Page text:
Oddments

In search of story


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May 27.20: Coping

You’ve seen “The Scream,” yes, dear reader? This is “The Gasp.” I made this! I, who scotch-taped pieces of fabric together to make doll clothes, made this mask with actual needle and thread. And no blood stains! I did, of course, draw blood because one of the rules of sewing is Stab yourself with the needle, but for once I didn’t get it on the material. Sometimes I amaze myself.

When I stepped away from the blog a couple weeks ago, my intention was to do what I could to re-arrange my head to survive this barrage of grief and flim-flam. What does one do with such resentment and frustration and creeping hopelessness in isolation? One grabs a dust rag and follows the lead of her ancestors.

Yes, I’ve been cleaning. To be clear, my housecleaning would never pass inspection by my mother or grandmothers. But I told their ghosts to shove off. I’ve cleaned, thrown out, packed away. It is symbolic, of course, but it is also a proven way to clear my head. If I can dig into something physically, I can dig out mentally.

I have baked, continuing my search for the El Dorado of gluten-free blueberry muffins.

Gardening beckoned but opportunity was limited to occasional cold and soggy weeding. Now overnight it’s the Amazon. I have mourned the death of spring in keeping with this season of requiem.

I started to go out last week, feeling like one of these emerging cicadas.

I made a mask!

Physically I’m better, but still get short of breath and tired. Fortunately, I was born pokey so slowing down comes naturally to me.

I have missed you and been concerned about you, dear reader. I hope you’ve managed to keep safe and sane.


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May 14.20: Coping

Thus far, dear reader, I have coped by writing and by baking, two time-tested strategies for me. They aren’t working any more. A few days ago, we were bloodied once again through the reports of a terror attack on new babies and new mothers. That was one too many for me, awash as we are in grief and fear.

I’ve been sick, as some of you know. Nothing serious, just enough to keep me from being complacent. I don’t know that I had COVID; we still don’t know if my “presumed positive” son had it. We still don’t know much about COVID. “Don’t know” is the only wisdom we have.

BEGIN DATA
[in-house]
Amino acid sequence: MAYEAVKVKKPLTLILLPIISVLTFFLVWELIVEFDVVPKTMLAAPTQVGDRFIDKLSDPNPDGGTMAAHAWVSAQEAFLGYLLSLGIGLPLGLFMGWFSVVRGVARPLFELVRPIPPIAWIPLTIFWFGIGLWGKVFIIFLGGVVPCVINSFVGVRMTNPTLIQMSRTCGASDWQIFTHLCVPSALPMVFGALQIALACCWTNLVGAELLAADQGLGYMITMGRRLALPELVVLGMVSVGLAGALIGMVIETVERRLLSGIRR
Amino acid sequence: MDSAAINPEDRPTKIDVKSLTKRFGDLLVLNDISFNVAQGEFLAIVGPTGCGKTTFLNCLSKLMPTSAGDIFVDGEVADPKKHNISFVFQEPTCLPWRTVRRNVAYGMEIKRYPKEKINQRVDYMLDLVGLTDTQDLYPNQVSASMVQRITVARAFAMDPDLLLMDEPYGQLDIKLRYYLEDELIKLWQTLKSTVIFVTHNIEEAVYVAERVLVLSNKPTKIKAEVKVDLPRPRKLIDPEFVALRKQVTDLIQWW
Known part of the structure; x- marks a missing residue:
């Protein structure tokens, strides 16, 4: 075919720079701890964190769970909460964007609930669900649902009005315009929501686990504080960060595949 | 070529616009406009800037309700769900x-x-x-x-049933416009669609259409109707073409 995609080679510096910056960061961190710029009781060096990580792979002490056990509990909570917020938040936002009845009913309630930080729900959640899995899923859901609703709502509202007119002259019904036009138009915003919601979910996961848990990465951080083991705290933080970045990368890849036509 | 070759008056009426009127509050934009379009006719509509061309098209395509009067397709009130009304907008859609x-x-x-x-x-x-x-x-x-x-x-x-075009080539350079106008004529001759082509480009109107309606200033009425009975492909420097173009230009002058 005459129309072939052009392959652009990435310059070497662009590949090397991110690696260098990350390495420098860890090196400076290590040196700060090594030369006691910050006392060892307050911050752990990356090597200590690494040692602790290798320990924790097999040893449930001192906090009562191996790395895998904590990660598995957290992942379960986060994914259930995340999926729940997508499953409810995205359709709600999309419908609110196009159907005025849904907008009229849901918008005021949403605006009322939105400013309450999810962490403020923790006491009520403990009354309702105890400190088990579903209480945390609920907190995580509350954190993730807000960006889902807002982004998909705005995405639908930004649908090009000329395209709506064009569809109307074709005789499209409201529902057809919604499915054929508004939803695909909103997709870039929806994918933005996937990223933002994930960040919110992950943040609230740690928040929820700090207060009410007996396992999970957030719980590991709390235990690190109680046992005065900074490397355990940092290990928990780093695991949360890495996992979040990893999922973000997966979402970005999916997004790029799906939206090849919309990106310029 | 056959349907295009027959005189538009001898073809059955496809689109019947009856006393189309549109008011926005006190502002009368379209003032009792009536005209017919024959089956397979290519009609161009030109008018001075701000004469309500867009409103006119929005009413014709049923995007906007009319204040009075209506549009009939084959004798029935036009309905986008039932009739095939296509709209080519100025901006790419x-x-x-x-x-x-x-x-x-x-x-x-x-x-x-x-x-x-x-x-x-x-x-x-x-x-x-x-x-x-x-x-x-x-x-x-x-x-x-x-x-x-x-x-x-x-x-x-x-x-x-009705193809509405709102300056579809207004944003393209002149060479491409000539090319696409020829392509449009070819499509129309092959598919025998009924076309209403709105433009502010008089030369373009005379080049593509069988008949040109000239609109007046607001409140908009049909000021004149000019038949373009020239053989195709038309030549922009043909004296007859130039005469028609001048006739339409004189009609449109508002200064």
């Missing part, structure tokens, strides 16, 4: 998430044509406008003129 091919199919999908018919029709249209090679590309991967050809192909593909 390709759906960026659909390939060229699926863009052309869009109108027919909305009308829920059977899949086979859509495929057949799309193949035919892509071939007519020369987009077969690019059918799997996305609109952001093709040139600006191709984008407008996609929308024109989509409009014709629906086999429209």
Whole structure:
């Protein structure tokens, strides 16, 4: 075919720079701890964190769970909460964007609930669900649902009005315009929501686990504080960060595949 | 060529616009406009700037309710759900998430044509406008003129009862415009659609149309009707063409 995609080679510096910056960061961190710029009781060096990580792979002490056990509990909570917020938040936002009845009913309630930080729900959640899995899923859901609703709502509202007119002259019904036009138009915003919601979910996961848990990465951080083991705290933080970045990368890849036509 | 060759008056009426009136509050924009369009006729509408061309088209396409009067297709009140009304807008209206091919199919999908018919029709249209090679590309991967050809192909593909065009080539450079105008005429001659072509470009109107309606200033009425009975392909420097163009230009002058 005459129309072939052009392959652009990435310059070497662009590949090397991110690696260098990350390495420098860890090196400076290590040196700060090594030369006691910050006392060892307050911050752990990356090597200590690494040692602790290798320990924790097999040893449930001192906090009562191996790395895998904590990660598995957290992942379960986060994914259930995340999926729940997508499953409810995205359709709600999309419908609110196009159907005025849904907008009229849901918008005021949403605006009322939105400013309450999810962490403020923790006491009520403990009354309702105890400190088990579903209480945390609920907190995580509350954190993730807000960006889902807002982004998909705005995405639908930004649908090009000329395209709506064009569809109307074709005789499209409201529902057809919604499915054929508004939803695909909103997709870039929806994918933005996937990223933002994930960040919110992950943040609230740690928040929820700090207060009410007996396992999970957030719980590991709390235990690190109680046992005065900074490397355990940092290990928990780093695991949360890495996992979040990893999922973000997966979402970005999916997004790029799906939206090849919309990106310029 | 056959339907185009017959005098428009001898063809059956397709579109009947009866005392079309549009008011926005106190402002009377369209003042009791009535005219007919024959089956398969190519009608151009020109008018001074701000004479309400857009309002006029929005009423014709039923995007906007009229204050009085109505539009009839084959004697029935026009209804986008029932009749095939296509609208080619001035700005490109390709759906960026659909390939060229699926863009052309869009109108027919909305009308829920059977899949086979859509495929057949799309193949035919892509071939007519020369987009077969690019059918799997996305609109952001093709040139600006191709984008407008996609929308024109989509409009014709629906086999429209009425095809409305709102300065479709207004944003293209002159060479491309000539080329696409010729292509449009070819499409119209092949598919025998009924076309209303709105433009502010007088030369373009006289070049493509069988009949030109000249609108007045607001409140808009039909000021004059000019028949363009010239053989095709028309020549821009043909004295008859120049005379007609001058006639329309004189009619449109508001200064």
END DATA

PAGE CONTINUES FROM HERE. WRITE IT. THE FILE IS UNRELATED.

Having seen my family only from a distance, unable to touch them, for two months, I think I have a sliver of understanding of what it might mean to die among strangers in Intensive Care.

I am disgusted and exhausted by the flim-flam.

I’m going to step away from the blog for a few days. Each of us has to find ways to stay human in this very dehumanizing time. I am looking for my ways.

Thanks for being with me in my blog. I worry about all of you and hope you endure.

 


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Disconnections: October 29.18

 

When brutalities of day

give way

to candlelight of moon

do we find ease

and breathe

stillness?

Or do we ask

is it mere mask

for predator

conspirator

and illness?

 

 

Those of us who try to write struggle to find words for the anguish. Maybe there are none.

 


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Disconnections: July 14.18

Consider the grip.

You want to turn the outside faucet to get water through the hose? Grip. You want to hold the hose? Grip. You want to fill the watering can, pick it up, and tip it into the potted basil? Grip, grip, and grip.

You want to hold a mug of coffee? You want to pour more coffee into that mug? You want to lather soap, floss your teeth, scrape a bowl? Grip, grip, grip, grip, and grip.

How about squeezing the tube of toothpaste or sunscreen or the handle for a spray bottle? Grip to the nth power.

Thumb, fingers, palm, wrist and a ready back-up of arm muscles — with maybe an assist from the shoulder — pitch in.

Or not.

Some would argue that I’ve been losing my grip for a long time. Ha, ha. I’m not saying they’re wrong; I’m saying that’s not the grip I’m talking about. And I’m not saying I’m the only one with such problems — there are many, many people with limited hand movement — but I am the only one writing on this blog, my bully pulpit. And maybe I speak for others with my words.

I used to say “hold it with both hands” to my boys when they were little. Now I say it to me as I lift a glass of iced tea. My hands do not let me forget they are changing.

Yes, there are adaptive gizmos and techniques that help, and I use them. They don’t, however, unchange the change. This morning I turn to the alternative medicine known as writing. This, dear reader, is my grip gripe, and I feel better already.